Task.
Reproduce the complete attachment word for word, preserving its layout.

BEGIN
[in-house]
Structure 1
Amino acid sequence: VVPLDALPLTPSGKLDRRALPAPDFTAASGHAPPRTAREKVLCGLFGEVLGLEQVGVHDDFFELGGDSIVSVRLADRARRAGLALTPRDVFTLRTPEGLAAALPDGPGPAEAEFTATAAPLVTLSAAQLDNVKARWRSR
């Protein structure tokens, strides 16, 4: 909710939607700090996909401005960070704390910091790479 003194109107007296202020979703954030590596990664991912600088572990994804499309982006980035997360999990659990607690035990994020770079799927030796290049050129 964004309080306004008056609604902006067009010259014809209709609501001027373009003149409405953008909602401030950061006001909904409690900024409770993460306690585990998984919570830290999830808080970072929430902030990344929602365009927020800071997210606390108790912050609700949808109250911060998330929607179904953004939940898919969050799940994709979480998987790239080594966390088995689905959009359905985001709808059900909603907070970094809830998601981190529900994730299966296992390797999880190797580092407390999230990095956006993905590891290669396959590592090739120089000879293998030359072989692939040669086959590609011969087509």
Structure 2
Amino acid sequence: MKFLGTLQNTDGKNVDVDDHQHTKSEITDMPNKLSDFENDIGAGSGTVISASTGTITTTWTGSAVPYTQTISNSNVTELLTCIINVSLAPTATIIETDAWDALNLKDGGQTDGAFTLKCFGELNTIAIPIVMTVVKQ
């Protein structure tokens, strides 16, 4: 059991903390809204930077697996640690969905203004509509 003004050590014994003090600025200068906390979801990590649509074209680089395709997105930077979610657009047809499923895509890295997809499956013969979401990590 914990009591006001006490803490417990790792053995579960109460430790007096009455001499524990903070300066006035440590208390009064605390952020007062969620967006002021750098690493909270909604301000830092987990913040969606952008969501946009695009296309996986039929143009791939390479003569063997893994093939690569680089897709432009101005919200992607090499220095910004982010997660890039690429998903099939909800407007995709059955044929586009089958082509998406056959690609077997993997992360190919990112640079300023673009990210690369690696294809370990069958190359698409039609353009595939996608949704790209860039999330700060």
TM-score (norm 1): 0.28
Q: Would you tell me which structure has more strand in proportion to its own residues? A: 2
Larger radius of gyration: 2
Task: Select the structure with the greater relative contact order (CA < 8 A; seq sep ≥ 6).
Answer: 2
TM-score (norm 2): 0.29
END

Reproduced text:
[in-house]
Structure 1
Amino acid sequence: VVPLDALPLTPSGKLDRRALPAPDFTAASGHAPPRTAREKVLCGLFGEVLGLEQVGVHDDFFELGGDSIVSVRLADRARRAGLALTPRDVFTLRTPEGLAAALPDGPGPAEAEFTATAAPLVTLSAAQLDNVKARWRSR
């Protein structure tokens, strides 16, 4: 909710939607700090996909401005960070704390910091790479 003194109107007296202020979703954030590596990664991912600088572990994804499309982006980035997360999990659990607690035990994020770079799927030796290049050129 964004309080306004008056609604902006067009010259014809209709609501001027373009003149409405953008909602401030950061006001909904409690900024409770993460306690585990998984919570830290999830808080970072929430902030990344929602365009927020800071997210606390108790912050609700949808109250911060998330929607179904953004939940898919969050799940994709979480998987790239080594966390088995689905959009359905985001709808059900909603907070970094809830998601981190529900994730299966296992390797999880190797580092407390999230990095956006993905590891290669396959590592090739120089000879293998030359072989692939040669086959590609011969087509």
Structure 2
Amino acid sequence: MKFLGTLQNTDGKNVDVDDHQHTKSEITDMPNKLSDFENDIGAGSGTVISASTGTITTTWTGSAVPYTQTISNSNVTELLTCIINVSLAPTATIIETDAWDALNLKDGGQTDGAFTLKCFGELNTIAIPIVMTVVKQ
């Protein structure tokens, strides 16, 4: 059991903390809204930077697996640690969905203004509509 003004050590014994003090600025200068906390979801990590649509074209680089395709997105930077979610657009047809499923895509890295997809499956013969979401990590 914990009591006001006490803490417990790792053995579960109460430790007096009455001499524990903070300066006035440590208390009064605390952020007062969620967006002021750098690493909270909604301000830092987990913040969606952008969501946009695009296309996986039929143009791939390479003569063997893994093939690569680089897709432009101005919200992607090499220095910004982010997660890039690429998903099939909800407007995709059955044929586009089958082509998406056959690609077997993997992360190919990112640079300023673009990210690369690696294809370990069958190359698409039609353009595939996608949704790209860039999330700060």
TM-score (norm 1): 0.28
Q: Would you tell me which structure has more strand in proportion to its own residues? A: 2
Larger radius of gyration: 2
Task: Select the structure with the greater relative contact order (CA < 8 A; seq sep ≥ 6).
Answer: 2
TM-score (norm 2): 0.29